In the latest and most dramatic evidence an all-out jihad has been declared against Iraq’s minority Christian population, car bombs exploded outside at least five Christian churches today, killing more than a dozen people and wounding scores more in an apparently coordinated attack timed to coincide with evening prayers.
“We are expecting a huge number of casualties,” an Interior Ministry source told Reuters, saying there had been four blasts at churches in Baghdad and two in the northern city of Mosul. Police in Mosul said they knew of just one church attack there.
In the worst attack, a suicide car bomber drove into the car park at a Chaldean church in southern Baghdad before detonating his vehicle, killing at least 12 people as worshippers left the building, witnesses said.
A U.S. military spokesman said three of the four attacks in Baghdad were known to be suicide car bombings.
An explosion at the Armenian church in Baghdad shattered stained glass windows and hurled chunks of hot metal.
Another bomb exploded about 15 minutes later outside the nearby Assyrian church, where medics dragged a man from a car, his arm almost torn off.
An ambulance driver told Reuters that two people were killed in the explosion at the Assyrian church and several wounded. U.S. Colonel Mike Murray of the 1st Cavalry Division said at least 50 people had been wounded at the church, some seriously.
In Mosul, officials said at least one person was killed in a blast at a church and 15 wounded.
No one knows with certainty how many Christians live in Iraq because they were not part of census statistics kept by Saddam Hussein. However, estimates run as high as 10 percent of the 25 million population.
The U.S. military says a computer disk captured earlier this year contained a letter from Abu Musab al-Zarqawi, a Jordanian militant allied to al Qaeda, calling for attacks on Iraqi Shi’ites to try to spark sectarian conflict in Iraq.
Though news reports today characterized the attacks as the first against Christian churches in Iraq, they were not. WND has chronicled the increasing persecution experienced by Iraqi Christians since the country was liberated.
Christians and churches have received letters in Arabic threatening that if they don’t follow Islamic practice and support “the resistance,” they will face the consequences: “torture, and burning or exploding the house with the family in it,” says Elizabeth Kendal, researcher for the World Evangelical Alliance Religious Liberty Commission.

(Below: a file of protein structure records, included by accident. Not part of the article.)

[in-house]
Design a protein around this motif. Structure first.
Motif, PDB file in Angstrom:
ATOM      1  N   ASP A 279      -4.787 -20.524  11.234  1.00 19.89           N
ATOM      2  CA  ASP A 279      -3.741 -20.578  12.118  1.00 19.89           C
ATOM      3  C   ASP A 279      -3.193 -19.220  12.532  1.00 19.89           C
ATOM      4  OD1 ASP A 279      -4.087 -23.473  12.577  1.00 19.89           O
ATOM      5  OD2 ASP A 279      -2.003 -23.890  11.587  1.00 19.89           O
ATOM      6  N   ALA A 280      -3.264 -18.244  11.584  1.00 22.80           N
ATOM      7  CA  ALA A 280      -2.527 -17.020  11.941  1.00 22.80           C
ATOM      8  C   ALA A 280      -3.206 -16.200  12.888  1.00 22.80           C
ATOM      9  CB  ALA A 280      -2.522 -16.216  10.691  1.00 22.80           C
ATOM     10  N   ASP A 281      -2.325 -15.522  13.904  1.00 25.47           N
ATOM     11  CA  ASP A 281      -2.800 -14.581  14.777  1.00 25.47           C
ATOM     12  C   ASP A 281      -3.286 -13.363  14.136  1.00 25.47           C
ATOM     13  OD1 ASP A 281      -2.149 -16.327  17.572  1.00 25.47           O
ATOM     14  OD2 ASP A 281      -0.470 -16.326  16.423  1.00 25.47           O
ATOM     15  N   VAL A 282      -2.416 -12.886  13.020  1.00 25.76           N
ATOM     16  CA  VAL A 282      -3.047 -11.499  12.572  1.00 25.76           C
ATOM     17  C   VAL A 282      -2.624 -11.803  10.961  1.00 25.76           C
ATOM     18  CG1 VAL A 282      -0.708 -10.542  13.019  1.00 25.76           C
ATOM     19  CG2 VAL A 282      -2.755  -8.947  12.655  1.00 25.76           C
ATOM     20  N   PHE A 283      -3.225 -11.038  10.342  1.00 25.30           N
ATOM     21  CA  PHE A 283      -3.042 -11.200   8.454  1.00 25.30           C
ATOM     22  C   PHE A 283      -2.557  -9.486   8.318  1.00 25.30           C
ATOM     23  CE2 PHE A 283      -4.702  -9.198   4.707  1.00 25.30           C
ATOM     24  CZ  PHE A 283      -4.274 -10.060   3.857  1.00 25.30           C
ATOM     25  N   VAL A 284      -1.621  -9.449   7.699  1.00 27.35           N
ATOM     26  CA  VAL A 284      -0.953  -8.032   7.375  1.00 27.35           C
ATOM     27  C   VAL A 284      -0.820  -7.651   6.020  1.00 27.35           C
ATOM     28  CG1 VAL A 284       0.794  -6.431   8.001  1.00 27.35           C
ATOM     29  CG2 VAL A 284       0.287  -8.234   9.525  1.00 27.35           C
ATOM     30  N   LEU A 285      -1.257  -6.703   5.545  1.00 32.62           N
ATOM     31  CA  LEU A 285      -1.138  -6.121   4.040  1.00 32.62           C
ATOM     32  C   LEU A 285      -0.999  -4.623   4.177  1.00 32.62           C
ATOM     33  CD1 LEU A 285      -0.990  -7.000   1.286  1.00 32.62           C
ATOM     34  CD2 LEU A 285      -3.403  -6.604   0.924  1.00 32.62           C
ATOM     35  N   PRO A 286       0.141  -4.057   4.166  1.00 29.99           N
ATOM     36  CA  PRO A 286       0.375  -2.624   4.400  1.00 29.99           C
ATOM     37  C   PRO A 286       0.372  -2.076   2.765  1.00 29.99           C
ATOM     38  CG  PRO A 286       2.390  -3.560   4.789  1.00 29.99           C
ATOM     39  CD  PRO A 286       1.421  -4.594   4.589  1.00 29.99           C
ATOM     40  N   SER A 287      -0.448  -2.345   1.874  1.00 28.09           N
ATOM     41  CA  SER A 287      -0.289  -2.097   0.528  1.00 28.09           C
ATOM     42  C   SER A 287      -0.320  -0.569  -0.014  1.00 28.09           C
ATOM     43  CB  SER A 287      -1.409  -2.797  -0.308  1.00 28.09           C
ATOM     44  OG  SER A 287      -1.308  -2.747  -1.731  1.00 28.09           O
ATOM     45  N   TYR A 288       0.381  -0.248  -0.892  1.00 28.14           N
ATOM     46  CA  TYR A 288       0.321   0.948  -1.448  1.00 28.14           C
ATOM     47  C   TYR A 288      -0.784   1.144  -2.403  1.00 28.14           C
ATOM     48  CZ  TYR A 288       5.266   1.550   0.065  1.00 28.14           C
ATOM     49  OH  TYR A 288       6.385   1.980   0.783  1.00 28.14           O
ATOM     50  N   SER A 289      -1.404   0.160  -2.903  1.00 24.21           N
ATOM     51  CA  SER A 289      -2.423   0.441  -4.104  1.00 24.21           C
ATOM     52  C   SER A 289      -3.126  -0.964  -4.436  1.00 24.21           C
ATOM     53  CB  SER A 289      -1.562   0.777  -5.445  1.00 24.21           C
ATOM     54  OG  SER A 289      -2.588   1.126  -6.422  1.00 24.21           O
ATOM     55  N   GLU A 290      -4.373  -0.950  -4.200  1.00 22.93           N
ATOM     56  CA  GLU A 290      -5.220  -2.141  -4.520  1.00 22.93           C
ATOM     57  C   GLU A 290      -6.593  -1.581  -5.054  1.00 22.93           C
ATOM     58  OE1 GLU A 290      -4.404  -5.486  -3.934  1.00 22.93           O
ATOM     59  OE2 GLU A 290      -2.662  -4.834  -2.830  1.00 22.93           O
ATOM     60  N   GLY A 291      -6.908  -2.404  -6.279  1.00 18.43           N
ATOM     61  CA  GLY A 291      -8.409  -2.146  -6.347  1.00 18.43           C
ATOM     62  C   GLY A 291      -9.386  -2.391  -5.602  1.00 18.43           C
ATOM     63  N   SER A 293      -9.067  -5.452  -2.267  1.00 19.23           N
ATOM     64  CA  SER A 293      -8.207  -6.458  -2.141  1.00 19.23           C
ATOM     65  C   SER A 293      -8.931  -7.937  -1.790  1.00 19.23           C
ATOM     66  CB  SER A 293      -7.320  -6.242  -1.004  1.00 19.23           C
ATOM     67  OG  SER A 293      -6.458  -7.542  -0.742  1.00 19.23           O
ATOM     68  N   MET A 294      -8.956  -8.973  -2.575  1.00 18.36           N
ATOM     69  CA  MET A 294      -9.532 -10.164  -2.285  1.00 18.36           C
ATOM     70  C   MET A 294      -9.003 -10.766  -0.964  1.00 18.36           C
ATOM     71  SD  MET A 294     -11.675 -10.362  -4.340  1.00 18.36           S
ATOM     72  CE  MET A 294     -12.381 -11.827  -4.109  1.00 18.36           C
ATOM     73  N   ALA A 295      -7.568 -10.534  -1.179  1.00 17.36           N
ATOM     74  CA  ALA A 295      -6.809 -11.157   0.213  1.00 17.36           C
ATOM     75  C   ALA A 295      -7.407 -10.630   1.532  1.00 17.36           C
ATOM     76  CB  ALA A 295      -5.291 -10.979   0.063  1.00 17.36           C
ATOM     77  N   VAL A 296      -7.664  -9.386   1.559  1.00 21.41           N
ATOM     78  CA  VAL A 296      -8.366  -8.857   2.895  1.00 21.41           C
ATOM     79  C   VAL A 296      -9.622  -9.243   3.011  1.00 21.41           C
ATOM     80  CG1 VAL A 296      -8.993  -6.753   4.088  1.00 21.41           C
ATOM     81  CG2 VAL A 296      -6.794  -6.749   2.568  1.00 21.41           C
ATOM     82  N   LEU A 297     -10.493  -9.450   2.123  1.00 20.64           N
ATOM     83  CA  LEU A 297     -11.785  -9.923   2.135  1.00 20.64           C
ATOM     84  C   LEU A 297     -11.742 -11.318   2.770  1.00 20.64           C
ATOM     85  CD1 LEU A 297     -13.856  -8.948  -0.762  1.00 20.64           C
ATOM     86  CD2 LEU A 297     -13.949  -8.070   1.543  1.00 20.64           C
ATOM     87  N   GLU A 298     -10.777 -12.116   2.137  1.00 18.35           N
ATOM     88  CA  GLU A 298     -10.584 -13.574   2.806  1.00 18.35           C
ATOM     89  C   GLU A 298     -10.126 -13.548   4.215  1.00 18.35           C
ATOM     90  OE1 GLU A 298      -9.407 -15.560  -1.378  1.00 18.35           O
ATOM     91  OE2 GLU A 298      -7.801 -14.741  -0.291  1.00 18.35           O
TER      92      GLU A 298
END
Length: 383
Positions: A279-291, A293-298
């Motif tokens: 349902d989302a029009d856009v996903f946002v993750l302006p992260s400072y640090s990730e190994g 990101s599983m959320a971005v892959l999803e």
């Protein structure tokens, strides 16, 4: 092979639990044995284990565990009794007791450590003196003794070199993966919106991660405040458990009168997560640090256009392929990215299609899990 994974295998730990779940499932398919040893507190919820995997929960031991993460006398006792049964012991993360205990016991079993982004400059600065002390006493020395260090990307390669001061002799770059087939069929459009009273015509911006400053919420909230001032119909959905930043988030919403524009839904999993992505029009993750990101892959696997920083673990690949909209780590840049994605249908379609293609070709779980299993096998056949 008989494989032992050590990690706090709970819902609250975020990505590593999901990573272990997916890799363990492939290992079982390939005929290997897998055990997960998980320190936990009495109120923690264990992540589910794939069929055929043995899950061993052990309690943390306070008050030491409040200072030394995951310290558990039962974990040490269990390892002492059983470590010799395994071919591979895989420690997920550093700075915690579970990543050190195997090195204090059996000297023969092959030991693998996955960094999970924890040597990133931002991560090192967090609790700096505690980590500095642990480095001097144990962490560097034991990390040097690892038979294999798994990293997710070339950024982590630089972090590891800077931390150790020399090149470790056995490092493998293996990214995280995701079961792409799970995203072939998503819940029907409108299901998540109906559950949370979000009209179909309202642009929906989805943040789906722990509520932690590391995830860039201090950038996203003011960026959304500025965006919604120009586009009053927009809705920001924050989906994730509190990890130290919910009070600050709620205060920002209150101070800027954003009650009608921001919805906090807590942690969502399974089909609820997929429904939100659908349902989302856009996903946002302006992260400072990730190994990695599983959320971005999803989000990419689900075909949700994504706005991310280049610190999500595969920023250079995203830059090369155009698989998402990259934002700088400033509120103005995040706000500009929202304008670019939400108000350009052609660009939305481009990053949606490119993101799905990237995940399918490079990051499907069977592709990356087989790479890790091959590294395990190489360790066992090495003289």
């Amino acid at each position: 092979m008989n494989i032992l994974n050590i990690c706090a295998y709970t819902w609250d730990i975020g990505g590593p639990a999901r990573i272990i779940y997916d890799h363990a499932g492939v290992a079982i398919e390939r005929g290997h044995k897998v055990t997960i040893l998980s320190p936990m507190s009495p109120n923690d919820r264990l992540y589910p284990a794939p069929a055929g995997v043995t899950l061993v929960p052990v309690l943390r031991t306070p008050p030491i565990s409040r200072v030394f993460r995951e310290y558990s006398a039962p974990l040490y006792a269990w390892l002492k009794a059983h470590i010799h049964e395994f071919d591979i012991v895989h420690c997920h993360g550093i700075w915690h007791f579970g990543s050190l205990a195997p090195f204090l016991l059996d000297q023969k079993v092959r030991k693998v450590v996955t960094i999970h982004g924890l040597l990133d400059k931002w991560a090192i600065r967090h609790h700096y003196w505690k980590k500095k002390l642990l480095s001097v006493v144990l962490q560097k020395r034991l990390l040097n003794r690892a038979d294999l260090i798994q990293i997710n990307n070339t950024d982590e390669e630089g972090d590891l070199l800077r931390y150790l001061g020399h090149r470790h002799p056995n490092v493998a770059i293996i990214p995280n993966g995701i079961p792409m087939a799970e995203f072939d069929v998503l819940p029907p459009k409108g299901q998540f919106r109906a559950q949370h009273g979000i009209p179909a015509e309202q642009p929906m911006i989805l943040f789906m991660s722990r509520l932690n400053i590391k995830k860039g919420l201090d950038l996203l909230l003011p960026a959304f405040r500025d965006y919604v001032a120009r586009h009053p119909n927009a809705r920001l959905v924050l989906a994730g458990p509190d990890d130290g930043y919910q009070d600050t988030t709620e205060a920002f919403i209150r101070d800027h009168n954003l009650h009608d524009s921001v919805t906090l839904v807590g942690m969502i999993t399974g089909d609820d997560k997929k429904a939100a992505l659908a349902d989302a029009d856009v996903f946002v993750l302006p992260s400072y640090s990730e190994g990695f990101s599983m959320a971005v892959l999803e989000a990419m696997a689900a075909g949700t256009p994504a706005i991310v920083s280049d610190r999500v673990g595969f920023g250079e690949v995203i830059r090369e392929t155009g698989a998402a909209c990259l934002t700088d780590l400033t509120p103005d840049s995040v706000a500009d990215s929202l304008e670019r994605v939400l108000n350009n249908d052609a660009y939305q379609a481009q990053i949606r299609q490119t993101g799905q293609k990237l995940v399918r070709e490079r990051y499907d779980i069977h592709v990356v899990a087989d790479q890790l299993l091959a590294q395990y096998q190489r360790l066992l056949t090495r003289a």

Mandaean Christians, who follow the teachings of John the Baptist, have been receiving the same threats and suffering the same violence, Kendal says.
The unchecked Islamic aggression is forcing the Christians to flee, she states, citing some examples.
On June 7, four masked men drove into the Christian Assyrian Quarters of the Dora district of Baghdad and opened fire on Assyrians going to work. Four were killed and several others wounded.
In the afternoon, the same day, three Assyrian women were killed in another drive-by shooting as they returned home from working at the Coalition Provisional Authority.
On 22 March, an elderly Assyrian couple was murdered in the Assyrian district. The wife was beaten to death and the husband had his throat cut.
As WND previously reported, Ken Joseph Jr., an Assyrian who directs Assyrianchristians.com, says several developments that “bode ill for Christians in Iraq are causing believers to flee the nation.”
Kendal says the Assyrian Christians greatly fear that the history of abandonment and massacre of their minority group is about to repeat itself.
Historians regard the Assyrians as the indigenous people of Iraq. In biblical times, their homeland was centered around the Nineveh plains in Upper Mesopotamia, now northern Iraq, where they were visited by the prophet Jonah. The Assyrian Church of the East was founded in AD 33. Some 600 years later Arab invaders put the Assyrians under Muslim domination.
Invasions over the centuries nearly eliminated them. The Assyrians fought for the Allies in World War I and were promised autonomy in their homeland upon victory. But they were abandoned to the mercy of the Ottoman Turks when the British mandate was lifted in 1932, resulting in the massacre of two-thirds of the population.
In Saddam Hussein’s secular state, the Assyrian remnant suffered severely under his discriminatory ethnic policy of Arabization.